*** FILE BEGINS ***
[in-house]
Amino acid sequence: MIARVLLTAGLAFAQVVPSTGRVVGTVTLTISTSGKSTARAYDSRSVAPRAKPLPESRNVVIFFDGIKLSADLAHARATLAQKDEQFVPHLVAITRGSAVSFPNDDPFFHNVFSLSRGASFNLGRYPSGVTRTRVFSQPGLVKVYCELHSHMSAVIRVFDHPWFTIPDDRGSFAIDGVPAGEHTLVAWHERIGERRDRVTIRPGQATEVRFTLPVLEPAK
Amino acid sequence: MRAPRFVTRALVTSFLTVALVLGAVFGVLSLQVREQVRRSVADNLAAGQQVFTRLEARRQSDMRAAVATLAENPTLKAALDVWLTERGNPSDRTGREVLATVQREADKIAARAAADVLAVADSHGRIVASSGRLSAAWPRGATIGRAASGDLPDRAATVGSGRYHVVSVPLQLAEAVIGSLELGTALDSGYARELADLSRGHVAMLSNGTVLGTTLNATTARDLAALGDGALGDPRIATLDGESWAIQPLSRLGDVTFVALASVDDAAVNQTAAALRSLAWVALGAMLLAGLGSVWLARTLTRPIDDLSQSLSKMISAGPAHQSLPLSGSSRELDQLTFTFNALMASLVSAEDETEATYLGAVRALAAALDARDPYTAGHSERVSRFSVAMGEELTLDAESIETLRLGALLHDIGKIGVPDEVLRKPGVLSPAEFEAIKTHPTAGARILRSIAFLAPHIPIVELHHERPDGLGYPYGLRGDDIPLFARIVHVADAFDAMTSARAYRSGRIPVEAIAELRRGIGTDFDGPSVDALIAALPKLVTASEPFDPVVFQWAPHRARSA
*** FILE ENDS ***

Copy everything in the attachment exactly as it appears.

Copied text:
[in-house]
Amino acid sequence: MIARVLLTAGLAFAQVVPSTGRVVGTVTLTISTSGKSTARAYDSRSVAPRAKPLPESRNVVIFFDGIKLSADLAHARATLAQKDEQFVPHLVAITRGSAVSFPNDDPFFHNVFSLSRGASFNLGRYPSGVTRTRVFSQPGLVKVYCELHSHMSAVIRVFDHPWFTIPDDRGSFAIDGVPAGEHTLVAWHERIGERRDRVTIRPGQATEVRFTLPVLEPAK
Amino acid sequence: MRAPRFVTRALVTSFLTVALVLGAVFGVLSLQVREQVRRSVADNLAAGQQVFTRLEARRQSDMRAAVATLAENPTLKAALDVWLTERGNPSDRTGREVLATVQREADKIAARAAADVLAVADSHGRIVASSGRLSAAWPRGATIGRAASGDLPDRAATVGSGRYHVVSVPLQLAEAVIGSLELGTALDSGYARELADLSRGHVAMLSNGTVLGTTLNATTARDLAALGDGALGDPRIATLDGESWAIQPLSRLGDVTFVALASVDDAAVNQTAAALRSLAWVALGAMLLAGLGSVWLARTLTRPIDDLSQSLSKMISAGPAHQSLPLSGSSRELDQLTFTFNALMASLVSAEDETEATYLGAVRALAAALDARDPYTAGHSERVSRFSVAMGEELTLDAESIETLRLGALLHDIGKIGVPDEVLRKPGVLSPAEFEAIKTHPTAGARILRSIAFLAPHIPIVELHHERPDGLGYPYGLRGDDIPLFARIVHVADAFDAMTSARAYRSGRIPVEAIAELRRGIGTDFDGPSVDALIAALPKLVTASEPFDPVVFQWAPHRARSA